Università degli studi di Verona
in collaborazione con SWG S.p.a. - Trieste

Osservatorio sui
consumi delle famiglie

Direzione: D. Secondulfo – M. Pessato
Coord. metodologico: L. Tronca – I. Di Pelino


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Food and lifestyles. Health, food and citizen

Italian Sociological Review 2014, Vol.4,2

This "second episode" of studies on food hosted by 'Italian Sociological Review' examines the issue of the symbolic meanings of food. The communicative and symbolic importance of food is so strong that it becomes a plot of resonance of almost all the topics and the socio-cultural processes that are increasingly relevant in the social scene. From immigration to health, from tourism to economy, from social recognition to memory. Especially in this time of economic crisis, the food takes powerfully the center of the stage as an area of symbolic mediation tout court, and it is through it that most of the dynamics that previously were expressed in different ways are retranslated. It is unavoidable that in a time of economic crisis, the food gains a symbolic centrality, well expressed by the stream of programs dedicated to it in the media: from the national-popular to the radical chic, is all a virtually fill the belly, perhaps for fear of having to "tighten the belt". Of particular interest is the paper of the Spanish colleagues focused on the blurring of the concept of citizenship and of food: certainly a prerequisite for individual liberty, but now detached from the usual third world issues of world hunger (usual but always relevant and important), also to widen the theme of information and consumerism. This is to emphasize that, even talking about food, the distance between the “fat” consumer of economically developed countries and the starving one of the “hungry world”; between those who have the problem of the diet and those who are hungry, can shorten significantly under the influence of the geopolitics of food. The concept of citizenship can be a useful link between the private behavior and the public and the political one. Moreover, this concept is a useful tool to compare consumer problems of the "rich" countries with those of the populations of less developed countries. Suggesting the problem of food as a common ground for a transnational and transcultural encounter, under the umbrella of the concept of citizenship, appears a very good proposal. A second strand, which is strongly developed here, is the topic that connects the food to the body and to health. Interestingly, this association remains strong even when medical research is working in cutting-edge areas such as genetics. Even in this case, modifing the characteristics of food becomes the main tool to act on the body. This aspect is the key to interpreting the importance of food, its fusional nature qualifies it as the main channel to modify the body: each feature, real or symbolic, embodied in food can be transmitted, through its consumption, to the bodies. The differences are mainly about the ways this happens. Recipes, medical research, biological research, type of cultivation or farming, product origin, the rituals of preparation or consumption, etc.. Anyway, almost magically, what we put in the food, when it is eaten, shapes us. Therefore we are what we eat, not only from a physiological point of view but also from a moral and political one. Compliments to the chef!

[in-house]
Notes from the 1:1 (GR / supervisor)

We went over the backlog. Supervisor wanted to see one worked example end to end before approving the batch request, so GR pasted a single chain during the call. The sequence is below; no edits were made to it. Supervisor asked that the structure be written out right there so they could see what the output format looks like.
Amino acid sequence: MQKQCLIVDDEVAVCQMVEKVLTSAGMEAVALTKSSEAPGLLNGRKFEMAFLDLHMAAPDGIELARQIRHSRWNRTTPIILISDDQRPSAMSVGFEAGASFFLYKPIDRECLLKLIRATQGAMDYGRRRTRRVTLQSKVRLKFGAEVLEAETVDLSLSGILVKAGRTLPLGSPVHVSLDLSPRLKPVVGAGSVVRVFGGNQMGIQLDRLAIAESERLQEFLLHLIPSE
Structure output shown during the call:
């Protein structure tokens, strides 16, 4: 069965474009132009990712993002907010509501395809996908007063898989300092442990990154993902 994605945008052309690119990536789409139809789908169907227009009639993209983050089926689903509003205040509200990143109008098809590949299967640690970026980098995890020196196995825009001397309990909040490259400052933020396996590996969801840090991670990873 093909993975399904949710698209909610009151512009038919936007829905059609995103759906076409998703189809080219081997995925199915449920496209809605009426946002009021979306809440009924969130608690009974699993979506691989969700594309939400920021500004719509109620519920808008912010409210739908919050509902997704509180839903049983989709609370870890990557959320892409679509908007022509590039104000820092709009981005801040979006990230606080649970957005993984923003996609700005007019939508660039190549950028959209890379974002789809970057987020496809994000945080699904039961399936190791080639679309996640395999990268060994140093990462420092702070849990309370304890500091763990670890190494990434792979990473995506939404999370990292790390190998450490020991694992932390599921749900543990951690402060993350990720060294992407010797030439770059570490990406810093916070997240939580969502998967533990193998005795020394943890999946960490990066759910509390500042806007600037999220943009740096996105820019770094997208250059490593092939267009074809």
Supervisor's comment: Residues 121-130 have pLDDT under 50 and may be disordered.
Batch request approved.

www.italiansociologicalreview.org


1. Foreword - (Domenico Secondulfo)
2. Constructing Food Citizenship: Theoretical Premises and Social Practices - (Cristóbal Gómez-Benito, Carmen Lozano)
3. Fatism, Self-Monitoring and the Pursuit of Healthiness in the Time of Technological Solutionism - (Antonio Maturo)
4. Towards the Genomization of Food? Potentials and Risks of Nutrigenomics as a Way of Personalized Care and Prevention - (Davide Galesi)
5. The Consumption of Food between Risk of Individualism and Political Participation - (Letizia Carrera)
6. Food and Social Change: Signs of Change in Spanish Eating Habits - (Cecilia Díaz Méndez)
7. Food from a Sociological Perspective - (Antonella Golino)
8. Society’s Visible Patrimony. A Sociological Approach to Understanding Consumption and Material Culture - (Francesca Setiffi)

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Contatti
lorenzo.migliorati@univr.it - debora.viviani@univr.it
Fax 045 8028039

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